To Recount or not to Recount – that’s the question of the day, and an issue heavily debated on the Star Wars: The Old Republic forums (at least until they were wiped). Do we really need a combat meter system, or can SWTOR survive without it?
Greetings, TORWarriors! It’s time again for “Open TOR Policy”, where I’ll take a look at the challenges Star Wars: The Old Republic faces as a new and potentially powerful force in the MMO market. Today, I’m examining both the role of a “damage meter” system in massively multiplayer games and the impact of such a meter being present (or absent) in SWTOR.
Damage Meters: Or, What the Hell am I Talking About?
For those who may not be MMO veterans or who like their UI uncluttered by add-ons, damage meters (more accurately, combat meters) are add-on programs designed to take data from a game’s combat log and report it in various useful and statistically appealing ways. One of the best known of these is Recount, which is able to generate a visual report of a player’s total damage done during a fight, their damage per second (DPS), or the percentage of damage they do as part of a group. Add-ons such as Recount are also able to track things such as total healing output per player, heals per second (HPS) and any “overhealing” done, which occurs when a heal hits a target already at 100% health.
Recount has long been used by guilds and groups in That Other MMO SWTOR Is Constantly Compared To in order to assess the performance of players during a boss fight or instance. A group leader can easily see from their damage meter add-on who is pulling their weight, DPS-wise, and who’s lagging behind; in addition, they can also assess the performance of healers and to a lesser extent, tanks. The add-on doesn’t do anything a game doesn’t naturally support – it simply takes data being generated and formats it into something that’s comprehensible.
SWTOR and the Great Meter Debate
Now that damage meter 101 is over, we can get to the heart of the matter: metering SWTOR. Recently, the forums came alive with discussion about the “need” for a DPS meter, with passionate defenses on both sides. At one point, there was concern that BioWare wouldn’t even make combat logs accessible – rendering such meters useless – but as of my last trawl of the forums that was no longer an issue.
What we do know for certain is that when SWOTR launches on December 20th, there will be no support for third-party add-ons, which means that even if a damage meter program did exist it wouldn’t be useful in-game. The developers have talked about making the UI more customizable but there has been no final word on if add-ons will be permitted, helping to stir the pot even more on the forums – some frequent forum-goers find it offensive that BioWare would even release an MMO without such support, but these are generally the same ‘goers that find everything offensive; you can spot them by their inability to divide up paragraphs naturally and the use of ALL CAPS. But I digress – instead of laughing at forum trolls in their natural habitat, let’s briefly delve into the good and bad of a combat meter in SWTOR.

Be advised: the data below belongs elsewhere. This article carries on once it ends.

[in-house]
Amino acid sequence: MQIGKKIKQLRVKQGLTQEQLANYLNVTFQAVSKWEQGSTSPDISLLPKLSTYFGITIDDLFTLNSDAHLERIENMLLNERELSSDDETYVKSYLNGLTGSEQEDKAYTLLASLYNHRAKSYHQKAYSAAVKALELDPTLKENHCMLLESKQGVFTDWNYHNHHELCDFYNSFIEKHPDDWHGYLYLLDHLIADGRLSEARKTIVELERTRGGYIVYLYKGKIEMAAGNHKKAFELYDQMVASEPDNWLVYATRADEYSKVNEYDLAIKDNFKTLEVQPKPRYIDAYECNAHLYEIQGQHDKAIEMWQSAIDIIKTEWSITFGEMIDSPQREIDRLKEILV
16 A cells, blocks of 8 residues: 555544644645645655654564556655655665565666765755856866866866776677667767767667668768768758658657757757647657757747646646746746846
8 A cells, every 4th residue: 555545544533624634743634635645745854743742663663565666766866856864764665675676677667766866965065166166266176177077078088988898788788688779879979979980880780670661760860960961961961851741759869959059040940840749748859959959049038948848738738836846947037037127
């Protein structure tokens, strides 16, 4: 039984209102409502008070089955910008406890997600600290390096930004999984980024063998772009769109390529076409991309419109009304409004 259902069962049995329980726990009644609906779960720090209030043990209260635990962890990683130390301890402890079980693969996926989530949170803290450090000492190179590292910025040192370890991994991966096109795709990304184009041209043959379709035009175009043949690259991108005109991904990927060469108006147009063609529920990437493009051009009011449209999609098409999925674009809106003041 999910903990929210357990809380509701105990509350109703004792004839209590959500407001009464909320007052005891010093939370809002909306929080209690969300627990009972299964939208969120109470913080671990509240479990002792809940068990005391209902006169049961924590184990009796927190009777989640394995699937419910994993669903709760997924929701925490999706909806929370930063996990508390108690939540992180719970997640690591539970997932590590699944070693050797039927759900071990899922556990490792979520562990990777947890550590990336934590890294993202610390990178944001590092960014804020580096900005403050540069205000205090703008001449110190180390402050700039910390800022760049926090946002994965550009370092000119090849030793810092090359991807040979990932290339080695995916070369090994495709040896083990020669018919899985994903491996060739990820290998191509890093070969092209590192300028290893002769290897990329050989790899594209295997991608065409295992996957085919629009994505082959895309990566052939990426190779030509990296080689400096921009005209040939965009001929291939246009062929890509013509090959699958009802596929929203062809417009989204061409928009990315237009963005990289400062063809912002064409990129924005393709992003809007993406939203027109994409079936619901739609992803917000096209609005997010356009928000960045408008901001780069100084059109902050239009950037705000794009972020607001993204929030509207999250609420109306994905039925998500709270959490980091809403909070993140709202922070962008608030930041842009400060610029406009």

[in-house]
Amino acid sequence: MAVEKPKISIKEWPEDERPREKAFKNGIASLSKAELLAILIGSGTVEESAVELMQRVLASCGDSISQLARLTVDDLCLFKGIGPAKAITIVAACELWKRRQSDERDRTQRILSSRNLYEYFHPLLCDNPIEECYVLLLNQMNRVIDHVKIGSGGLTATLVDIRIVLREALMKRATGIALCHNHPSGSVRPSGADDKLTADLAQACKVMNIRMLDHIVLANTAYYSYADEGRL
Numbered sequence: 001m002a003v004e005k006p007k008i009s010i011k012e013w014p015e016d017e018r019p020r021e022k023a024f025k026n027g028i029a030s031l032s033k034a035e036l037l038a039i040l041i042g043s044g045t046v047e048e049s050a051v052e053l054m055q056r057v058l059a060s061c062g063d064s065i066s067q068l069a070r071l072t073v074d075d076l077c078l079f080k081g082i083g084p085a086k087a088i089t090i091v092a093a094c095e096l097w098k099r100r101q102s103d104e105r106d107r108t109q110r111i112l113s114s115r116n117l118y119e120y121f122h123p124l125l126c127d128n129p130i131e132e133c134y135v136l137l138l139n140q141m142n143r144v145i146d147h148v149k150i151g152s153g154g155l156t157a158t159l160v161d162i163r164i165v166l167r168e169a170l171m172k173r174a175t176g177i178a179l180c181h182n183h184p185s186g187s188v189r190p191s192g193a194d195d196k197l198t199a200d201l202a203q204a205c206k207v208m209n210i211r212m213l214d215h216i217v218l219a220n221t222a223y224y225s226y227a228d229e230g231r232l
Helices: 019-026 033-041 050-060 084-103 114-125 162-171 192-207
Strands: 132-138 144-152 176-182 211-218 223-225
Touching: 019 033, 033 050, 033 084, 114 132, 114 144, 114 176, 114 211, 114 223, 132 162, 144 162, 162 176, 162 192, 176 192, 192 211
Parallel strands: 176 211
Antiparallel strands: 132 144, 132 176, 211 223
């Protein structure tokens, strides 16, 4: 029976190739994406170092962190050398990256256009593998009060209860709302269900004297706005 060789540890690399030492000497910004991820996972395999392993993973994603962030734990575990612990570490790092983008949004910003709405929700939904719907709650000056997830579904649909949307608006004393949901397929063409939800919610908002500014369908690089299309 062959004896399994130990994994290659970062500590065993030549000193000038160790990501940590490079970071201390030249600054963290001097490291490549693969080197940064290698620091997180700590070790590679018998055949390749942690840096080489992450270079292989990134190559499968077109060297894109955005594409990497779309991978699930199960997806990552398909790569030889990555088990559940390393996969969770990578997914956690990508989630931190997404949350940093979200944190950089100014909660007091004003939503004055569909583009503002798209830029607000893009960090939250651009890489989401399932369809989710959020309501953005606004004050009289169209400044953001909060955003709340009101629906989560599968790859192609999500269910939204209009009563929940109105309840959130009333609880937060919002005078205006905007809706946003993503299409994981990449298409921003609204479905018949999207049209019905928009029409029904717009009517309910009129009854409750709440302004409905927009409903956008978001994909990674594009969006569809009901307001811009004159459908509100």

A Metered Response
On the pro side of the DPS meter debate is the argument that such a meter serves as a way to measure not only who does the most damage or healing in a group, but also for individuals to bring up their performance if they are lacking. Once guilds start hitting end-game content in SWTOR they will look for ways to ensure they can clear a given Operation as smoothly as possible – which means having solid healers and damage dealers. Without a combat meter – or so the argument goes – there will be no way to separate the “bad” players from the “good” players.
On the con side of the meter-madness are those who argue that meters only encourage elitism, a common problem in The Game That Must Not Be Named. There, pick-up groups (PUGs) often want proof that a damage-dealer can keep up based on the equipment they’re wearing and the DPS they can put out – if they can’t provide the numbers or slip up even marginally, they may be removed from the group. Some SWTOR fans are worried that the addition of damage meters will pave the way for regular-sized jerks to become massive jerks and make BioWare’s game less fun overall.
Start the Meter?
Honestly, I’m torn about this one – I’ve used Recount for years and yeah, I like being on top of the charts. The trouble is that I sometimes get so caught up in watching the meter I forget what I’m supposed to be doing and die to a boss mechanic I could have avoided or stay on the boss when I’m supposed to switch targets. I love the data made available by damage meters, but I’ve met enough players in my two-plus years doing end-game MMO content that the bad and the good are easily separated – without the need for a meter.
What do you think, TORWarriors? Does SWTOR need a combat meter to survive in the quest-eat-quest world of MMOs?